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Things that make you go hmmmmmmm…

NWI reports: Marriage amendment debate pits social conservatives against businesses

The tension between the social conservatives and the business interests that comprise the modern Republican Party was on display Wednesday as an Indiana Senate committee debated whether to add the state’s existing ban on gay marriage to the Indiana Constitution.

…Jill Cook, vice president of human resources for Cummins Inc., said her company, which employs 5,500 workers at its Columbus, Ind., headquarters, would think twice about expanding if the amendment is approved.

“This resolution sends a powerful message that Indiana is not a place that welcomes people of all backgrounds, and it jeopardizes our ability to attract employees,” Cook said.

We’ve heard the argument time and again that states would lose business opportunities if they don’t start recognizing counterfeit marriages immediately. Usually, though, it is some representative from an activist organization like The Williams Institute making this claim. This time though, we’ve got an HR rep from a major corporation testifying publicly that a state marriage protection amendment (no, this is not a “ban on [same-sex] marriage”) would cause the corporation to look elsewhere to expand.

One pretty obvious problem with that.

A 2010 news release at Cummins chooses Nashville for consolidated customer care center

Cummins Inc. (NYSE: CMI) has signed a lease with SmartSpace, LLC to open a consolidated customer care center in Nashville by the end of 2010. The center, which is projected to bring more than 200 new jobs to the metropolitan area, will be located at Two Rivers Corporate Centre, on McGavock Pike, just north of the Opryland Hotel.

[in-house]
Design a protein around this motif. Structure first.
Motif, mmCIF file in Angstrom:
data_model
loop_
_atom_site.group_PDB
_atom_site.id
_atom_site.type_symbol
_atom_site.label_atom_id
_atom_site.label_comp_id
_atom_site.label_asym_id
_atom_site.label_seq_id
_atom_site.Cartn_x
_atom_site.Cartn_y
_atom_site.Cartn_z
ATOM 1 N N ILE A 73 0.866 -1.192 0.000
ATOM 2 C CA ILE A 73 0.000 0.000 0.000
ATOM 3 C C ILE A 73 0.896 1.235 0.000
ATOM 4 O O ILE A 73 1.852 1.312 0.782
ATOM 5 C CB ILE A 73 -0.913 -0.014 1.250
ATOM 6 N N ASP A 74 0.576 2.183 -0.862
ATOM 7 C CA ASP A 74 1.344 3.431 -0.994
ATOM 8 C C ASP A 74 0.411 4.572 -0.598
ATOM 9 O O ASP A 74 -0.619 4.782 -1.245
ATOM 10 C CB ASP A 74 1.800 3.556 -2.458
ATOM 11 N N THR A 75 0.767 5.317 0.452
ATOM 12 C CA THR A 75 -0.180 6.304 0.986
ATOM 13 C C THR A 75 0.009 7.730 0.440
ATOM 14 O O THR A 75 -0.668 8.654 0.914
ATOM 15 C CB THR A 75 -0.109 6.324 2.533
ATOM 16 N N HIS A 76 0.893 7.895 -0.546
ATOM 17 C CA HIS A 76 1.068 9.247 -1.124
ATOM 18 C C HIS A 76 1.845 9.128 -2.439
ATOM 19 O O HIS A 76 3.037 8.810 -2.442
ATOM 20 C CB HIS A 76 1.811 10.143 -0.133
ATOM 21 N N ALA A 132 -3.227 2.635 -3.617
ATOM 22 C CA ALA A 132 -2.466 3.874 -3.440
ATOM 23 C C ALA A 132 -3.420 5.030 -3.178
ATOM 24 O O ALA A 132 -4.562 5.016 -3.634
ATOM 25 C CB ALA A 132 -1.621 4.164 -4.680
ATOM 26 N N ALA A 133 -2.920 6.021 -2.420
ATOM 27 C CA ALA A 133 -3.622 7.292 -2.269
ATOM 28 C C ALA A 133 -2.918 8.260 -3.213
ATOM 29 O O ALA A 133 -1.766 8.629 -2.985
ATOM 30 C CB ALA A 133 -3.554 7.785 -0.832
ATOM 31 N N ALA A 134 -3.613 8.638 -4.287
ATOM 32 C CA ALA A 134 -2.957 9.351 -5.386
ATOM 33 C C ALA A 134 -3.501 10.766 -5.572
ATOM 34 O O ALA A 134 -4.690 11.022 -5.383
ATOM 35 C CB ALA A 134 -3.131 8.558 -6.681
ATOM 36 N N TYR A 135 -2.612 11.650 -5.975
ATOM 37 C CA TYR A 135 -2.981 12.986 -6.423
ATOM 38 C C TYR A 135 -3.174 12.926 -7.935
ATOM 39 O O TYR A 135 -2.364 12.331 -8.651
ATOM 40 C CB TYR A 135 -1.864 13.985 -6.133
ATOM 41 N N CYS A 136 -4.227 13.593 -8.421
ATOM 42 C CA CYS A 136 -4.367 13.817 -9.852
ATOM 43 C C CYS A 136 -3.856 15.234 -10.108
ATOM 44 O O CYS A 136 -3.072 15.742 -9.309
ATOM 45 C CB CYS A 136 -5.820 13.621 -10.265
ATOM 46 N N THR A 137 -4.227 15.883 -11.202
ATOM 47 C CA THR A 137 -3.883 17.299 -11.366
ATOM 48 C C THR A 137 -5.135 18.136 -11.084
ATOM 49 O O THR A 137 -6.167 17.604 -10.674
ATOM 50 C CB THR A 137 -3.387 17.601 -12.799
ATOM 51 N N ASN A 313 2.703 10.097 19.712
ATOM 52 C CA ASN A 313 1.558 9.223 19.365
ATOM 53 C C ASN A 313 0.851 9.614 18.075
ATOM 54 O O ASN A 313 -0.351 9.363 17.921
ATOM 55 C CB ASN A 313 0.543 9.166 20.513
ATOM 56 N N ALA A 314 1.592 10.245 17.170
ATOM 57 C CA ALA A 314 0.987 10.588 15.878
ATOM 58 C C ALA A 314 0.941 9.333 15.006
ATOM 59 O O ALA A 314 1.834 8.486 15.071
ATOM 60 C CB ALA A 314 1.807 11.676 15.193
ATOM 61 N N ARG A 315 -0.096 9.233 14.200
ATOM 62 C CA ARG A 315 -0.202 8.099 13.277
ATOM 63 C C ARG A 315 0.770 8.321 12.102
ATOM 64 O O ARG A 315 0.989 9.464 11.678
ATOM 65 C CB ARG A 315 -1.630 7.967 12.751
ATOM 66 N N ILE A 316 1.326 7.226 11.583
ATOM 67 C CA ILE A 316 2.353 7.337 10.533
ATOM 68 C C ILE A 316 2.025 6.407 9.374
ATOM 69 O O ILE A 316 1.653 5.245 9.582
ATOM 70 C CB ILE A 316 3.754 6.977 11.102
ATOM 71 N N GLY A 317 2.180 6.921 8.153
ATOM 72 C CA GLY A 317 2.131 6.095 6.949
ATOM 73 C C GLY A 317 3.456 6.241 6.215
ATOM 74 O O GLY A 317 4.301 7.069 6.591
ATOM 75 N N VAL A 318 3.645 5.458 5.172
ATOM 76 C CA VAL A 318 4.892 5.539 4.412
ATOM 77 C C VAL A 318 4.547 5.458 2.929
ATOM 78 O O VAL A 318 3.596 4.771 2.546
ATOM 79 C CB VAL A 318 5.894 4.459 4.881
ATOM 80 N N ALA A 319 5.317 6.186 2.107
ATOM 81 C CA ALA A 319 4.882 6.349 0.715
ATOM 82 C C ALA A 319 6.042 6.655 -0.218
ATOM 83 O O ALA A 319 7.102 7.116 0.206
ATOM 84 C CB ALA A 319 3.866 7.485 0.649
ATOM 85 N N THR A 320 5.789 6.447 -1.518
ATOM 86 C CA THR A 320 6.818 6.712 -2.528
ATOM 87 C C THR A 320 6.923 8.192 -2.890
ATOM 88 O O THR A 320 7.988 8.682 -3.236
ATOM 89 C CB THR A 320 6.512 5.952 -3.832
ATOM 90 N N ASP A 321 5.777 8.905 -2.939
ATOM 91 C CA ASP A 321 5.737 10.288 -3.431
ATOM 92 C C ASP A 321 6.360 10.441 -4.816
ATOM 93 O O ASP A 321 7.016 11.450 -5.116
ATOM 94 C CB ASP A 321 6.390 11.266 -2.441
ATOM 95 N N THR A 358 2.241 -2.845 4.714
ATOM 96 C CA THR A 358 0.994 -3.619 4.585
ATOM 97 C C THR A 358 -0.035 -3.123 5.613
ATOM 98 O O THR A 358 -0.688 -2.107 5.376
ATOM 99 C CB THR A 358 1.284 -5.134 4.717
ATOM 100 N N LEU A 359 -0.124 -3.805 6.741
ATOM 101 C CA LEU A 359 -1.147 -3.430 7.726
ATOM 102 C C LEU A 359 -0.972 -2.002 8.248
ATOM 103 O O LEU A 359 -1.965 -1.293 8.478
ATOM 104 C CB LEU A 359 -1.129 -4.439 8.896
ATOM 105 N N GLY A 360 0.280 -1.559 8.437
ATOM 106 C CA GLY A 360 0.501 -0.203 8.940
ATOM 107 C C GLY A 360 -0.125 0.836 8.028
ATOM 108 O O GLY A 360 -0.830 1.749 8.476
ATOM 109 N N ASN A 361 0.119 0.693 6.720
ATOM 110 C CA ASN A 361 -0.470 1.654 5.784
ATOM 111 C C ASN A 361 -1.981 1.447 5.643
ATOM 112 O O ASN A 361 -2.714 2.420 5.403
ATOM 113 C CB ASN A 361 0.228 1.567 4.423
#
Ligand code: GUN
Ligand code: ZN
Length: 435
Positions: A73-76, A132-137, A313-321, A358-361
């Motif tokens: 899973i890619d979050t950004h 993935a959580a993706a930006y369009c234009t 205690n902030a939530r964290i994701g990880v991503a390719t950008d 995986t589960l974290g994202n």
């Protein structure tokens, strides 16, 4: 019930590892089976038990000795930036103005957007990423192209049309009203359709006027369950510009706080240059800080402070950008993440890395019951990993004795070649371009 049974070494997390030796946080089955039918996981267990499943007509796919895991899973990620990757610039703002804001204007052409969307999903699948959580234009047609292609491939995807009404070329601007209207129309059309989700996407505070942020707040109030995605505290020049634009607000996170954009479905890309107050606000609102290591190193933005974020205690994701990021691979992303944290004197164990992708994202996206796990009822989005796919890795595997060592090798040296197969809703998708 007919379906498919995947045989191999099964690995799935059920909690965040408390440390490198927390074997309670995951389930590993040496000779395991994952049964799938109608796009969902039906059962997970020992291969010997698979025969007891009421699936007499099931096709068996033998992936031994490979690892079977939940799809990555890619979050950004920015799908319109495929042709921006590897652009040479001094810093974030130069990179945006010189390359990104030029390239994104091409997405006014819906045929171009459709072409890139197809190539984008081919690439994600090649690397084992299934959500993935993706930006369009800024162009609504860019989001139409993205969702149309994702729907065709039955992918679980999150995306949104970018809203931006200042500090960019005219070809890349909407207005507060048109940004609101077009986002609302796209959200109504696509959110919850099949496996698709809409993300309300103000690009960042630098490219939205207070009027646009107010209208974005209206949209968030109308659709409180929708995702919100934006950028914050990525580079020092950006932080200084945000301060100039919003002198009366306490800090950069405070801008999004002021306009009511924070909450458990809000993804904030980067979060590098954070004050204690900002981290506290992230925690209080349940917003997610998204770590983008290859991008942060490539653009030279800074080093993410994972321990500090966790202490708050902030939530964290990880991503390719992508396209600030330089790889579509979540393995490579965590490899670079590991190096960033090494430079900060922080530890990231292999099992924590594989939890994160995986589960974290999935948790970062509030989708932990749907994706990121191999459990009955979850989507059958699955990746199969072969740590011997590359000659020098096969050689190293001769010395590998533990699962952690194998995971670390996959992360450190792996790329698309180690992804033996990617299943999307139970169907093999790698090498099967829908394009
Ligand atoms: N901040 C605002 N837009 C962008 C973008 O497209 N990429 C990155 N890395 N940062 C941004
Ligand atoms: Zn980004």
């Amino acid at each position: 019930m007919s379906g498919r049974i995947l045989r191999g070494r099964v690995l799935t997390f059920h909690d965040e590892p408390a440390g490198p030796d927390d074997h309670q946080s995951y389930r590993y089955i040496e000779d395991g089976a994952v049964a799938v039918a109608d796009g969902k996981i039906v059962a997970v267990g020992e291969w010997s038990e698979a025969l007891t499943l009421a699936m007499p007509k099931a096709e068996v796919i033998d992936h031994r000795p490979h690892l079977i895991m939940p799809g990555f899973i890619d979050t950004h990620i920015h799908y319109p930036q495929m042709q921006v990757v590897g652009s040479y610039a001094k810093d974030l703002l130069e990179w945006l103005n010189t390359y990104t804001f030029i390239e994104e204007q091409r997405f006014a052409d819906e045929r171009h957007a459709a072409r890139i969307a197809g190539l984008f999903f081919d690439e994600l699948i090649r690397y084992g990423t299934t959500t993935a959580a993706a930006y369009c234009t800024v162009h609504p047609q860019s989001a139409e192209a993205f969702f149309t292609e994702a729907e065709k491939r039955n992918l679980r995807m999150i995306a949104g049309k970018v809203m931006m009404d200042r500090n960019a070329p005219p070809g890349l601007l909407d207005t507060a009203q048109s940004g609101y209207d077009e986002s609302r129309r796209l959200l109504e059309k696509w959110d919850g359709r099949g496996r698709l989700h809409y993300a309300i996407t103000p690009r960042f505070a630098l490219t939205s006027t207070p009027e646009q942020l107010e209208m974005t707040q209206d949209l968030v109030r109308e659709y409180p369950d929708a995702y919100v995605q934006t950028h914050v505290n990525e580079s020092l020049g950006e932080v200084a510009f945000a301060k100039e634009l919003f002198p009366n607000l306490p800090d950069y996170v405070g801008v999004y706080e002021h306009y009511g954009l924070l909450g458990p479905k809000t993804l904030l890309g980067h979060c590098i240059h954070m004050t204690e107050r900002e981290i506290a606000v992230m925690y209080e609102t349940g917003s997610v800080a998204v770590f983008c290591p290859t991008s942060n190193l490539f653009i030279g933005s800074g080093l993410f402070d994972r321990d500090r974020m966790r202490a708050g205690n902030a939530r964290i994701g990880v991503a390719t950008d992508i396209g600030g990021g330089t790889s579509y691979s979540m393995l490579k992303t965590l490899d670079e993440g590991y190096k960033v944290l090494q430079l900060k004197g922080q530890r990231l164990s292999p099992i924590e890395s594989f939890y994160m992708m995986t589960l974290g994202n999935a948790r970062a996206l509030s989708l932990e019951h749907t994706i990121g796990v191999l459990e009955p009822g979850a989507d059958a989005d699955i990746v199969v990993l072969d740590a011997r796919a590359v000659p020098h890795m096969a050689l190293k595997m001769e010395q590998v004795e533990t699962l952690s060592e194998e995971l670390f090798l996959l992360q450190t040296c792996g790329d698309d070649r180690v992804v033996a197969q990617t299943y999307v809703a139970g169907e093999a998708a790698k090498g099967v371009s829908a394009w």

Cummins employees from existing centers in Memphis and Cookeville, Tenn. and from Columbus, Ind. will be relocating to Nashville to kick off the operation, with additional team members being hired from Nashville as the new center grows.

That was in addition to the 2,000 employees Cummins already had in Tennessee.

So what’s the problem?

The state of Tennessee passed a marriage protection amendment in 2006 in a “real squeaker” — 81% of Volunteer State voters affirmed marriage by providing this most vital human institution constitutional-grade protection.

Tennessees’s marriage protection amendment reads:

The historical institution and legal contract solemnizing the relationship of one man and one woman shall be the only legally recognized marital contract in this state. Any policy or law or judicial interpretation, purporting to define marriage as anything other than the historical institution and legal contract between one man and one woman, is contrary to the public policy of this state and shall be void and unenforceable in Tennessee . If another state or foreign jurisdiction issues a license for persons to marry and if such marriage is prohibited in this state by the provisions of this section, then the marriage shall be void and unenforceable in this state.

Tennessee’s marriage amendment carries some of the most powerful language protecting marriage of all the 30 states that have passed amendments (by an average vote of about 68%, BTW). More powerful than that being considered in Indiana.

So why now would Cummins, which boasts of its “top rating” by the radical Human Rights Campaign, publicly gnash its teeth over a proposed marriage amendment in one state after just months ago heralding their expansion into a state that already had a powerful amendment in place?